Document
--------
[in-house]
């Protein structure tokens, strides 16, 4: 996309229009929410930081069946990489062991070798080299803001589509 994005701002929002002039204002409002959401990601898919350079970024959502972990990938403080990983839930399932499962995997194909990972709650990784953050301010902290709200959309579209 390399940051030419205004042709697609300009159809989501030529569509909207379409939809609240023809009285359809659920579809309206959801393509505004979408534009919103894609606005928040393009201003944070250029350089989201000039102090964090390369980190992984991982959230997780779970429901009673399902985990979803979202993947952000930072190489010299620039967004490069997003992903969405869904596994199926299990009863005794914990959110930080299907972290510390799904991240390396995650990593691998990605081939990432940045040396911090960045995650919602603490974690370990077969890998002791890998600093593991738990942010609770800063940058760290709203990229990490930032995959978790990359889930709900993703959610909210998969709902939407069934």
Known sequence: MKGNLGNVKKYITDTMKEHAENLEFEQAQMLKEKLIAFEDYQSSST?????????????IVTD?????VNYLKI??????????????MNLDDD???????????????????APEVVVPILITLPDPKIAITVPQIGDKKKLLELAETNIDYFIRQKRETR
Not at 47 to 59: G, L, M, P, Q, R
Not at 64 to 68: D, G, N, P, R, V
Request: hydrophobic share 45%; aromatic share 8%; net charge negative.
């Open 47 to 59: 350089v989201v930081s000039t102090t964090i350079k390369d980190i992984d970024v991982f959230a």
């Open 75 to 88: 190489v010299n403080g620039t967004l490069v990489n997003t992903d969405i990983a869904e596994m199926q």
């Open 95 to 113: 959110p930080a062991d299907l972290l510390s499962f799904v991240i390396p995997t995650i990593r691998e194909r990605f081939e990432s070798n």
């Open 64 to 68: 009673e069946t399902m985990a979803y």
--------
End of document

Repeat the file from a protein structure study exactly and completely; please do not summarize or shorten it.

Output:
[in-house]
């Protein structure tokens, strides 16, 4: 996309229009929410930081069946990489062991070798080299803001589509 994005701002929002002039204002409002959401990601898919350079970024959502972990990938403080990983839930399932499962995997194909990972709650990784953050301010902290709200959309579209 390399940051030419205004042709697609300009159809989501030529569509909207379409939809609240023809009285359809659920579809309206959801393509505004979408534009919103894609606005928040393009201003944070250029350089989201000039102090964090390369980190992984991982959230997780779970429901009673399902985990979803979202993947952000930072190489010299620039967004490069997003992903969405869904596994199926299990009863005794914990959110930080299907972290510390799904991240390396995650990593691998990605081939990432940045040396911090960045995650919602603490974690370990077969890998002791890998600093593991738990942010609770800063940058760290709203990229990490930032995959978790990359889930709900993703959610909210998969709902939407069934």
Known sequence: MKGNLGNVKKYITDTMKEHAENLEFEQAQMLKEKLIAFEDYQSSST?????????????IVTD?????VNYLKI??????????????MNLDDD???????????????????APEVVVPILITLPDPKIAITVPQIGDKKKLLELAETNIDYFIRQKRETR
Not at 47 to 59: G, L, M, P, Q, R
Not at 64 to 68: D, G, N, P, R, V
Request: hydrophobic share 45%; aromatic share 8%; net charge negative.
């Open 47 to 59: 350089v989201v930081s000039t102090t964090i350079k390369d980190i992984d970024v991982f959230a």
């Open 75 to 88: 190489v010299n403080g620039t967004l490069v990489n997003t992903d969405i990983a869904e596994m199926q």
């Open 95 to 113: 959110p930080a062991d299907l972290l510390s499962f799904v991240i390396p995997t995650i990593r691998e194909r990605f081939e990432s070798n």
């Open 64 to 68: 009673e069946t399902m985990a979803y």